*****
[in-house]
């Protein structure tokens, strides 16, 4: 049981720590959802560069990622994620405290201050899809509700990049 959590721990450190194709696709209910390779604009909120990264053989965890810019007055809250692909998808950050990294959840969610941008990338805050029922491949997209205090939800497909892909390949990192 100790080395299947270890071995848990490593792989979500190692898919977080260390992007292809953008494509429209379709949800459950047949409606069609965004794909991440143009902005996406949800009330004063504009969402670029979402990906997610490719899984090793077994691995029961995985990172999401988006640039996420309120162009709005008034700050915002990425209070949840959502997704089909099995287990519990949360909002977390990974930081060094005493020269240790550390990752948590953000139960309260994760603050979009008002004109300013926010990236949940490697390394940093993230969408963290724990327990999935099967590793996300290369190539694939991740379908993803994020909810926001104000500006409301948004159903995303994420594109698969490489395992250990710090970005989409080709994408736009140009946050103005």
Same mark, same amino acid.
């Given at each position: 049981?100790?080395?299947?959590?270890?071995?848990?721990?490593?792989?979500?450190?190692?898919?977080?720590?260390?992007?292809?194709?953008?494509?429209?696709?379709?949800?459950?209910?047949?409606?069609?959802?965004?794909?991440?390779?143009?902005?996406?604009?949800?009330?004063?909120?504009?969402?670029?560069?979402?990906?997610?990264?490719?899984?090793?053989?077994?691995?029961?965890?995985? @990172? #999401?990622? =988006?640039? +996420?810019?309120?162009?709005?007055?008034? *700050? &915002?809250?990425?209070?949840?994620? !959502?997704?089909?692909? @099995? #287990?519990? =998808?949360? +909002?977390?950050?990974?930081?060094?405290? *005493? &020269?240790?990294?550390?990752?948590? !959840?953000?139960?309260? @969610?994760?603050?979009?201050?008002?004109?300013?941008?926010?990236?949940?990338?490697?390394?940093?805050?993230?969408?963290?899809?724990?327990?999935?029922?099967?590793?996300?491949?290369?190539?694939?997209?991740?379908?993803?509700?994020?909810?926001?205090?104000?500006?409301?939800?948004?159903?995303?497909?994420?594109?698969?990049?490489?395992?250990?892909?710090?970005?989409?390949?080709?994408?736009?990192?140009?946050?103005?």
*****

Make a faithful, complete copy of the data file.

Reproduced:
[in-house]
């Protein structure tokens, strides 16, 4: 049981720590959802560069990622994620405290201050899809509700990049 959590721990450190194709696709209910390779604009909120990264053989965890810019007055809250692909998808950050990294959840969610941008990338805050029922491949997209205090939800497909892909390949990192 100790080395299947270890071995848990490593792989979500190692898919977080260390992007292809953008494509429209379709949800459950047949409606069609965004794909991440143009902005996406949800009330004063504009969402670029979402990906997610490719899984090793077994691995029961995985990172999401988006640039996420309120162009709005008034700050915002990425209070949840959502997704089909099995287990519990949360909002977390990974930081060094005493020269240790550390990752948590953000139960309260994760603050979009008002004109300013926010990236949940490697390394940093993230969408963290724990327990999935099967590793996300290369190539694939991740379908993803994020909810926001104000500006409301948004159903995303994420594109698969490489395992250990710090970005989409080709994408736009140009946050103005």
Same mark, same amino acid.
């Given at each position: 049981?100790?080395?299947?959590?270890?071995?848990?721990?490593?792989?979500?450190?190692?898919?977080?720590?260390?992007?292809?194709?953008?494509?429209?696709?379709?949800?459950?209910?047949?409606?069609?959802?965004?794909?991440?390779?143009?902005?996406?604009?949800?009330?004063?909120?504009?969402?670029?560069?979402?990906?997610?990264?490719?899984?090793?053989?077994?691995?029961?965890?995985? @990172? #999401?990622? =988006?640039? +996420?810019?309120?162009?709005?007055?008034? *700050? &915002?809250?990425?209070?949840?994620? !959502?997704?089909?692909? @099995? #287990?519990? =998808?949360? +909002?977390?950050?990974?930081?060094?405290? *005493? &020269?240790?990294?550390?990752?948590? !959840?953000?139960?309260? @969610?994760?603050?979009?201050?008002?004109?300013?941008?926010?990236?949940?990338?490697?390394?940093?805050?993230?969408?963290?899809?724990?327990?999935?029922?099967?590793?996300?491949?290369?190539?694939?997209?991740?379908?993803?509700?994020?909810?926001?205090?104000?500006?409301?939800?948004?159903?995303?497909?994420?594109?698969?990049?490489?395992?250990?892909?710090?970005?989409?390949?080709?994408?736009?990192?140009?946050?103005?």